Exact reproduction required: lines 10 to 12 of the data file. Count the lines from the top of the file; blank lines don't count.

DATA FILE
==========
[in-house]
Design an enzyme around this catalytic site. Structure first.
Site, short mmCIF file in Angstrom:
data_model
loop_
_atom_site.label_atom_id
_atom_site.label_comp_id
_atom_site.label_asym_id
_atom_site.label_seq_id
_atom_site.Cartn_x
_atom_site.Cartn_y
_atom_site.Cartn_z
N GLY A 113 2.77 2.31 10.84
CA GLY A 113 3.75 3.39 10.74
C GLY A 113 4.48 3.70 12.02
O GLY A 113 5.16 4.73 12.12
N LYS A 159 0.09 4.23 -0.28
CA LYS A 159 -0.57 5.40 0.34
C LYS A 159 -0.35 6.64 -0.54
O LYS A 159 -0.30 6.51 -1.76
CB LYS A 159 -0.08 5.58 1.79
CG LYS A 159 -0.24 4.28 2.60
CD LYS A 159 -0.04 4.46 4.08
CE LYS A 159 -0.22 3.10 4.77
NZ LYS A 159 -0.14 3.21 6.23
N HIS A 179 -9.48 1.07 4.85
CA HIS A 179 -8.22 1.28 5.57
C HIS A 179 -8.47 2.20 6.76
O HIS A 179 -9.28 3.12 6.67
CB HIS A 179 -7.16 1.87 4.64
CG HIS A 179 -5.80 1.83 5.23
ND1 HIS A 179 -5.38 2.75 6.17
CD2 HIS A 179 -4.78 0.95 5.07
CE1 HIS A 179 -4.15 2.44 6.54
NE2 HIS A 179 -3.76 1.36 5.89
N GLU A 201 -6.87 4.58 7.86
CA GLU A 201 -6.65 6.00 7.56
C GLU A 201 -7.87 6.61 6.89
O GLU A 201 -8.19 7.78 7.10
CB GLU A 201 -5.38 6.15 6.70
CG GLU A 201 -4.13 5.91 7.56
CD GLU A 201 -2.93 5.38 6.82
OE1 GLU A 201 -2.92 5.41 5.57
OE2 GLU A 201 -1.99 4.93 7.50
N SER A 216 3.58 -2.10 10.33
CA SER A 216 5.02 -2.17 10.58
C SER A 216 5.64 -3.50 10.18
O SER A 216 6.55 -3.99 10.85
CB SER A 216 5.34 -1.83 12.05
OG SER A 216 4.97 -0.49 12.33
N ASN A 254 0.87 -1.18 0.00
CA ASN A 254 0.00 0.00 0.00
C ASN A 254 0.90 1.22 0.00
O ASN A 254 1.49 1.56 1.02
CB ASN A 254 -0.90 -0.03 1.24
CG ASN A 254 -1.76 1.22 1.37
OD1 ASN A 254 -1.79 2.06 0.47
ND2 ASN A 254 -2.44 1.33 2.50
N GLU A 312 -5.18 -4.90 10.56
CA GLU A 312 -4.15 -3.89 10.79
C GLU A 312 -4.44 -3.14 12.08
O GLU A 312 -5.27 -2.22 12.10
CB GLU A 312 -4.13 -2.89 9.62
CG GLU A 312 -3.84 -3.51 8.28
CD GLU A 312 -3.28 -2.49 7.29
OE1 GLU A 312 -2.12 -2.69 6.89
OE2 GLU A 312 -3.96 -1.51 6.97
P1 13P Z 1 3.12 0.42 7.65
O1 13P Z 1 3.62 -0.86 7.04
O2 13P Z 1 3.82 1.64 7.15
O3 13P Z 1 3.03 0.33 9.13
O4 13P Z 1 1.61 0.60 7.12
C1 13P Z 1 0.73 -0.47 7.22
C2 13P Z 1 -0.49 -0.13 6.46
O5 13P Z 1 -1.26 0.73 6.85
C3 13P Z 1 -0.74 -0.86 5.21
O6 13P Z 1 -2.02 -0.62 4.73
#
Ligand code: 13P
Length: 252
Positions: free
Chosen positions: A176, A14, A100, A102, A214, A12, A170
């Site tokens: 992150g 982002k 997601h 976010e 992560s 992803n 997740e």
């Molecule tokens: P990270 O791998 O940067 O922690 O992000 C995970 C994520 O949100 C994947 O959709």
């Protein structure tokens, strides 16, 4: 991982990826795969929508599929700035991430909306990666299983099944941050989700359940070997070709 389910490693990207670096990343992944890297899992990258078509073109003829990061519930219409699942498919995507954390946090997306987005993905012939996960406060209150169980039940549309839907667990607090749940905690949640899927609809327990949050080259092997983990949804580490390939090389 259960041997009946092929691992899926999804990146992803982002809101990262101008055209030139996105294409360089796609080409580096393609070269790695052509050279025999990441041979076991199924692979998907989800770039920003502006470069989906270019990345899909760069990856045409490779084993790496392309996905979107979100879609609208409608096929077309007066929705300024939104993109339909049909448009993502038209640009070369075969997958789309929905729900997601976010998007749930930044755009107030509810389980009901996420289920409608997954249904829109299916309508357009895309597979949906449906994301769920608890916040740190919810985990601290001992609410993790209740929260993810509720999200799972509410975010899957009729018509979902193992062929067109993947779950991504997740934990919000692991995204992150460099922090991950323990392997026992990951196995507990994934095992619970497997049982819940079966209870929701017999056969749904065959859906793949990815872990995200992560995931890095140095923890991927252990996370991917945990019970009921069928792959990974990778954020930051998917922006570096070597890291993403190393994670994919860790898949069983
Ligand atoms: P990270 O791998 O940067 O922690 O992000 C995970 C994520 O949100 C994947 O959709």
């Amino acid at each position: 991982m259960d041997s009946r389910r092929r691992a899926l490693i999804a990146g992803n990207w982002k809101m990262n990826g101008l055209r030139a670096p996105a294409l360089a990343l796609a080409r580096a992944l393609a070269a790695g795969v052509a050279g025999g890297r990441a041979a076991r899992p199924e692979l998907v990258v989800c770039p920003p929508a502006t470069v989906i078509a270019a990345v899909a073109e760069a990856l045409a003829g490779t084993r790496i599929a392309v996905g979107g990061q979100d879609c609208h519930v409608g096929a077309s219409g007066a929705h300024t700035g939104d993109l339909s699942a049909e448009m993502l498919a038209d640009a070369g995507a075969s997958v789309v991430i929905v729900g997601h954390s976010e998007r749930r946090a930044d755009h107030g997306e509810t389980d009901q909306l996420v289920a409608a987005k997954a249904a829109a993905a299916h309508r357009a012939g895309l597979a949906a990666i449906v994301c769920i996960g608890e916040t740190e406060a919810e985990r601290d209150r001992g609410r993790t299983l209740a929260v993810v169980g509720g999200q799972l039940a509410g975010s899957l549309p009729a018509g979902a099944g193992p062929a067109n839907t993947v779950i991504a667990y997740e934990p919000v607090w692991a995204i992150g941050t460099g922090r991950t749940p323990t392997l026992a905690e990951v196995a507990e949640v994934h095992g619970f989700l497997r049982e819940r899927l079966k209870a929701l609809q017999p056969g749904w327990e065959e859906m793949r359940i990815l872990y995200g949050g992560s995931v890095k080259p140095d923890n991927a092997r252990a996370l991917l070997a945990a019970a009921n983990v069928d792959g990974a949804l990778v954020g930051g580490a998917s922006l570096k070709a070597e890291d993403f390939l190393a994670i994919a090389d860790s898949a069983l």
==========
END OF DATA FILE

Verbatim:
_atom_site.Cartn_x
_atom_site.Cartn_y
_atom_site.Cartn_z